'BAIRAM, a Perso-Turkish word meaning "festival," applied in Turkish to the two principal festivals of Islam. The first. of these, according to the calendar, is the " Lesser Festival," called by the Turks Kiitshiik Bairdm (" Lesser Bairam "), or Sheker Bairam (" Sugar Bairam "), and by Arabic-speaking Moslems id al-Fitr (" Festival of Fast-breaking "), or Al-'id as saghir (" Lesser Festival "). It follows immediately the ninth or the fasting-month, Ramadan, occupying the first three days of the tenth month, Shawwal. It is, therefore, also called by Turks Ramadan Bairam, and exhibits more outward signs of rejoicing than the technically " Greater Festival." Official receptions are held on it, and private visits paid; friends congratulate one another, and presents are given; new clothes are put on, and the graves of relatives are visited. The second, or " Greater Festival," is called by the Turks Qurban Bairain, Sacrifice Bairam," and by Arabic speakers Al-'id al-kabir, " Greater Festival," or I d al-a4ci, "Festival of Sacrifice." It falls on tile tenth, and two or three following days, of the last month, Dhu-l-hijja, when the pilgrims each slay a ram, a he-goat, a cow or a camel in the valley of Mind in commemoration of the ransom of Ishmael with a ram. Similarly throughout the Moslem world, all who can afford it sacrifice at this time a legal animal, and either consume the flesh themselves or give it to the poor. Otherwise it is celebrated like the " Lesser Festival," but with less ardour. Both festivals, of course, belong to a lunar calendar, and move through the solar year every thirty-two years.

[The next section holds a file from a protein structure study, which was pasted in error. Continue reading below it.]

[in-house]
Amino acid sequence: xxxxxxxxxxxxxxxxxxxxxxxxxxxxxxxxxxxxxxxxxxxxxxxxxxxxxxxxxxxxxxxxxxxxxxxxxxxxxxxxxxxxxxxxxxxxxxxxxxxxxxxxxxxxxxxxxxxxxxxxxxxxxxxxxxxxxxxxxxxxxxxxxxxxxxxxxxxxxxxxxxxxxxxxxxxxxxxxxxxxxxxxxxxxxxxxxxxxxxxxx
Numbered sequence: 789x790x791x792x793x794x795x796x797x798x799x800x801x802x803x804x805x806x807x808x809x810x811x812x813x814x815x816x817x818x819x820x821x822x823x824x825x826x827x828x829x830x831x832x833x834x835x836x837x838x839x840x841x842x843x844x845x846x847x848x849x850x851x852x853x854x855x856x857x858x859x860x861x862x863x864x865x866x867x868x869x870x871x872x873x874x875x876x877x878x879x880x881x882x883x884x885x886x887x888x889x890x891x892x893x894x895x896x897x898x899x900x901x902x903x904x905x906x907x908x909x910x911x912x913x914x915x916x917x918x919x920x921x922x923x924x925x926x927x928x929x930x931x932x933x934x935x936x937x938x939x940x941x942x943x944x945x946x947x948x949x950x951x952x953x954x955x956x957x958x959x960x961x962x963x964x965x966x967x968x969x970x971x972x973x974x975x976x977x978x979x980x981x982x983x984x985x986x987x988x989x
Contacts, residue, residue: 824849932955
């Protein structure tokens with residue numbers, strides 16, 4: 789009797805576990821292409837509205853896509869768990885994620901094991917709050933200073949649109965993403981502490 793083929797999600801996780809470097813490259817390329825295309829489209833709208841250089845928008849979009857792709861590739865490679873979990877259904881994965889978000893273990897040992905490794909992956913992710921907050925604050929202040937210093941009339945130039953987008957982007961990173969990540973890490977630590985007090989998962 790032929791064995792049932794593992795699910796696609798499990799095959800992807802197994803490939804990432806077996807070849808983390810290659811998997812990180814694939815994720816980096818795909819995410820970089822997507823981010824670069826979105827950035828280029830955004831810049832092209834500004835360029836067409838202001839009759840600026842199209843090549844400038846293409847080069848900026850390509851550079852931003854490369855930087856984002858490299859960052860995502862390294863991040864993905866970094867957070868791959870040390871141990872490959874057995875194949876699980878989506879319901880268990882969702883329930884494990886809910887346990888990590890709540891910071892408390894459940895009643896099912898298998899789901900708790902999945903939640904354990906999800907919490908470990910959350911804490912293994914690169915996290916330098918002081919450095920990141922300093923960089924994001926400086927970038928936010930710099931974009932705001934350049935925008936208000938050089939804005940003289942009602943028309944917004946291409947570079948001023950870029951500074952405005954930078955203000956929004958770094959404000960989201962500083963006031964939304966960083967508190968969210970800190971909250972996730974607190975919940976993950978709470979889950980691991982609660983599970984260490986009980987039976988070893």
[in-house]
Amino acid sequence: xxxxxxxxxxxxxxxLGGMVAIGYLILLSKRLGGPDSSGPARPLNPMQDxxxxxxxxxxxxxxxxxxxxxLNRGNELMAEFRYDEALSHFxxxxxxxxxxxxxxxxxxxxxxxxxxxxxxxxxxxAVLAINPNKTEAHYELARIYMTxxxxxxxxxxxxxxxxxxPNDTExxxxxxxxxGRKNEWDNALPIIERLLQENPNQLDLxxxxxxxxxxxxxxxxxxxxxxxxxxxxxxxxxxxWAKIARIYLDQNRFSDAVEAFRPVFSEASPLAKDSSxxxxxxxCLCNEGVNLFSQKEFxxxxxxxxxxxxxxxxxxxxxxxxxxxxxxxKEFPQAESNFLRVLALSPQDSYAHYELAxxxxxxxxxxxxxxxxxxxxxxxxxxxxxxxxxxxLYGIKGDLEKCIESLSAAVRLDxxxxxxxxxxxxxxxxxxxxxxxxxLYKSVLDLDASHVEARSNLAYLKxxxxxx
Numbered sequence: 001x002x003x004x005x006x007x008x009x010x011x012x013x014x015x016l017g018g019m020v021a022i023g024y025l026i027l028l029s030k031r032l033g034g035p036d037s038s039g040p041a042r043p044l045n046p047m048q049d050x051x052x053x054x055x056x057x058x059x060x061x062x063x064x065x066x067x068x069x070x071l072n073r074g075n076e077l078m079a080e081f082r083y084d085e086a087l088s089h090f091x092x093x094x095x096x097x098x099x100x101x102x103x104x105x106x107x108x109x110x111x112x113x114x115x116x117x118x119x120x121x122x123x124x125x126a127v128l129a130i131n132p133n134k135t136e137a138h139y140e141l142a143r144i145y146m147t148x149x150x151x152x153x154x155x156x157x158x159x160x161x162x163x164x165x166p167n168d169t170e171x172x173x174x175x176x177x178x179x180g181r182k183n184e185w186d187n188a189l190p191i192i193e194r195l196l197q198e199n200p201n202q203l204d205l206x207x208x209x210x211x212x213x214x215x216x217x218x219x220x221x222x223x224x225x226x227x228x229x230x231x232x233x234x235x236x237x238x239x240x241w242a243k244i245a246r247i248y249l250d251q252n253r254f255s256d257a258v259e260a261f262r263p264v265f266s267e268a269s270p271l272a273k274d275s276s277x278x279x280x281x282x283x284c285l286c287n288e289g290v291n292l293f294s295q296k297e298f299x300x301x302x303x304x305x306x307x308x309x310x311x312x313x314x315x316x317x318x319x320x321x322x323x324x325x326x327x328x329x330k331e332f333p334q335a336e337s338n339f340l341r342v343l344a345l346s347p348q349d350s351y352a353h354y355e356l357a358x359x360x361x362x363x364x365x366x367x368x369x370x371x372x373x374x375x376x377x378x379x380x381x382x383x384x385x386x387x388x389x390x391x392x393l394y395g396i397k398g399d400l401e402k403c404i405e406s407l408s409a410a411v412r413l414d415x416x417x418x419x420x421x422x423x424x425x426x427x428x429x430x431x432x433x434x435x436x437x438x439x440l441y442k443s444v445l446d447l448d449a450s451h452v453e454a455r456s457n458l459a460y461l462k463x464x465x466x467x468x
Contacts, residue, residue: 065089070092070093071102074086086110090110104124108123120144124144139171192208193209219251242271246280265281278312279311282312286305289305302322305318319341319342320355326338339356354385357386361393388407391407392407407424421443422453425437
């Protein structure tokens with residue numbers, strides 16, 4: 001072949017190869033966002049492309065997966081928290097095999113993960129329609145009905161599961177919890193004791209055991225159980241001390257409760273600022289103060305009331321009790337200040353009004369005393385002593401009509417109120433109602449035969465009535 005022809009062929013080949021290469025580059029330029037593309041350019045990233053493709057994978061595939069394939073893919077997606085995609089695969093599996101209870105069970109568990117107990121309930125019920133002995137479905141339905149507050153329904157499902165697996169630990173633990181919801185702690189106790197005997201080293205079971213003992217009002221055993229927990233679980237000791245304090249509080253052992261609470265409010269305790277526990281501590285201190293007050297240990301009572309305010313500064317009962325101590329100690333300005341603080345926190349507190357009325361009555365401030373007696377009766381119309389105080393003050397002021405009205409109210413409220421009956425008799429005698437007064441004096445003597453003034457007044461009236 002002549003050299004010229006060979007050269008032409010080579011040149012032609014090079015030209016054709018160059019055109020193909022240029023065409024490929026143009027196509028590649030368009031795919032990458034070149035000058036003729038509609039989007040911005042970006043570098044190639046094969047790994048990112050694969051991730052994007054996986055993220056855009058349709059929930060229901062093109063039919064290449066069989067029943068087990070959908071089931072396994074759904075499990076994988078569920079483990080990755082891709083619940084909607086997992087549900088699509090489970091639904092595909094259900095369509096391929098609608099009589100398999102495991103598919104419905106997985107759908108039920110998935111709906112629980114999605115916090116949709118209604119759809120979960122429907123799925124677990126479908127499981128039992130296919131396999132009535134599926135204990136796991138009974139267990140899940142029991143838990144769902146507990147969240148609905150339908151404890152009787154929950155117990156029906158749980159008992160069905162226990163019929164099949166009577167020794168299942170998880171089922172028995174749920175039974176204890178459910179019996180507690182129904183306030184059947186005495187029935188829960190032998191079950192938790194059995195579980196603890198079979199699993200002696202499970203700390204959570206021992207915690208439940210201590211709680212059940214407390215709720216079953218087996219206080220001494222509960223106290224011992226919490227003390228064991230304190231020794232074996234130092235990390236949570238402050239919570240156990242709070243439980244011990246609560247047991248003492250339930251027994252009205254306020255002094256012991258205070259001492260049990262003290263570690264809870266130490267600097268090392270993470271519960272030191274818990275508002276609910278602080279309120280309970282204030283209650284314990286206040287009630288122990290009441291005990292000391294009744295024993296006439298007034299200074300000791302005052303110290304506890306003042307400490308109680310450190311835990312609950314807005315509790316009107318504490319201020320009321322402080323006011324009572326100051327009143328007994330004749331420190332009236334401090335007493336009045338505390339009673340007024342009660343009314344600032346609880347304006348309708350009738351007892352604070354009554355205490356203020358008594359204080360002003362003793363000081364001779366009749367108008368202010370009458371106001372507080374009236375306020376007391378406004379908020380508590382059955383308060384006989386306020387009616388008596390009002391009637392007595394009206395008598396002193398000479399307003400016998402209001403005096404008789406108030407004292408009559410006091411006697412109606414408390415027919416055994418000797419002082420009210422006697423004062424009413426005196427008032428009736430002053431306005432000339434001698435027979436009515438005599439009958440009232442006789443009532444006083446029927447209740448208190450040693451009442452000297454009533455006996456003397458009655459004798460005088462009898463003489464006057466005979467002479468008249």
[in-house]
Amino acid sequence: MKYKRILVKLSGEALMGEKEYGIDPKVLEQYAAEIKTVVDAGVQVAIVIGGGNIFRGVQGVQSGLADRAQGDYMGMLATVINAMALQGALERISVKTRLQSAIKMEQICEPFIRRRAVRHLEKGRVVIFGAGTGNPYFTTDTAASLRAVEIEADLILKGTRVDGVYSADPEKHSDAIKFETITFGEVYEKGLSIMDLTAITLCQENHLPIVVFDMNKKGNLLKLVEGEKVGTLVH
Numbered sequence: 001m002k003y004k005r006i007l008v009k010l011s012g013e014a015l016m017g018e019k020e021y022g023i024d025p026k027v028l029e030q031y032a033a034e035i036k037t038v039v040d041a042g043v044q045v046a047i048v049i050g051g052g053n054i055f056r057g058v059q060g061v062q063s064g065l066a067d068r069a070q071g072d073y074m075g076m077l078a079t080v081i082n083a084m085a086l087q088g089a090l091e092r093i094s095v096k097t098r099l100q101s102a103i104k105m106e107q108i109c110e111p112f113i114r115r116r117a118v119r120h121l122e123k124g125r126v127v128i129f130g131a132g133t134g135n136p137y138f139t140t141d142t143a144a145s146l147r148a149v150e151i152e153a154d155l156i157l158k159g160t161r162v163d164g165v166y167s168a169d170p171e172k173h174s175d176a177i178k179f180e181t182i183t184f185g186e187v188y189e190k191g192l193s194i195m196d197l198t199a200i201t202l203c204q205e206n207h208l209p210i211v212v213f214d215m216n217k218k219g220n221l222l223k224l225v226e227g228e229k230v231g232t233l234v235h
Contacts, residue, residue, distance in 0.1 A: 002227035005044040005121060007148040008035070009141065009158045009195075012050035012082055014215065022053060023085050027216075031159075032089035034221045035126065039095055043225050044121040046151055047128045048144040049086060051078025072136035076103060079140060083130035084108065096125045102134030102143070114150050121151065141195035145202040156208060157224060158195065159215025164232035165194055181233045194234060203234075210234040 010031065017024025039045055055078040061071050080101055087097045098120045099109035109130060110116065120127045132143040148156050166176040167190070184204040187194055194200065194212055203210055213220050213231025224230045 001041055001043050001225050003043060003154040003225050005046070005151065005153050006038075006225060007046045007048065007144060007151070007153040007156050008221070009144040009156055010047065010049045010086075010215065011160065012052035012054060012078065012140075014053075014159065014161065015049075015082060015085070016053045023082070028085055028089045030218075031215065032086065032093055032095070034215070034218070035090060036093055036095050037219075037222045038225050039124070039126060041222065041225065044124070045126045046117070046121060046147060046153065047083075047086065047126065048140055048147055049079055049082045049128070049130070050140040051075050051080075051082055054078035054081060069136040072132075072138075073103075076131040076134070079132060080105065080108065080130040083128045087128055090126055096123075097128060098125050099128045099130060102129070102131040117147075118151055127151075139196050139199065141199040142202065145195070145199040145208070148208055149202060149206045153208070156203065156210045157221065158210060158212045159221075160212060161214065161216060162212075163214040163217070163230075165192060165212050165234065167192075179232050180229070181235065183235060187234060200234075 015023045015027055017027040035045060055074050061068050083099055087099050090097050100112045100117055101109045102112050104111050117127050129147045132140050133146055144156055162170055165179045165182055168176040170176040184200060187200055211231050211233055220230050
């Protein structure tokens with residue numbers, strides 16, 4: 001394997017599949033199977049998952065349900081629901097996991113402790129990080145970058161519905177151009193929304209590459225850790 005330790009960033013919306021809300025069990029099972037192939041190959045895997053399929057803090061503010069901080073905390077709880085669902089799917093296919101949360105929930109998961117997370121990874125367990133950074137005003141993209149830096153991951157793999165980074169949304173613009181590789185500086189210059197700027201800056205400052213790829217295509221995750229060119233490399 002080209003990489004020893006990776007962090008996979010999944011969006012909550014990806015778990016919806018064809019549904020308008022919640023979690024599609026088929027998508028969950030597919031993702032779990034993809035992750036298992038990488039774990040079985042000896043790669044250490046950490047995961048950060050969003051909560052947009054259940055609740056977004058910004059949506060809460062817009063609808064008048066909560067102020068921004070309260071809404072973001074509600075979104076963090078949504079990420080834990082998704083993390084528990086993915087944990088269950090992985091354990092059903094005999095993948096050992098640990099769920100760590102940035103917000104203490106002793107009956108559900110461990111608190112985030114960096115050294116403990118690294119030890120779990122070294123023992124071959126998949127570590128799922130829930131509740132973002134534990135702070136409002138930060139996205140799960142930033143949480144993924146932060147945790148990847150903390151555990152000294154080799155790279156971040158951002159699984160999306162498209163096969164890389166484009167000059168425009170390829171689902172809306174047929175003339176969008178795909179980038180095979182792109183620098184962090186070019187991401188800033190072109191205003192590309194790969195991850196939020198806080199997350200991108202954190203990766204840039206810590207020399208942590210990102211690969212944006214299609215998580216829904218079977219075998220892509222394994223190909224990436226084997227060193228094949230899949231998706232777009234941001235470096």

See Lane's Modern Egyptians, chap. xxv.; Michell, Egyptian Calendar; Hughes, Dictionary of Islam, pp. 192 ff.; Sir R. Burton, Pilgrimage, chaps. vii., xxx. D. B. MA.
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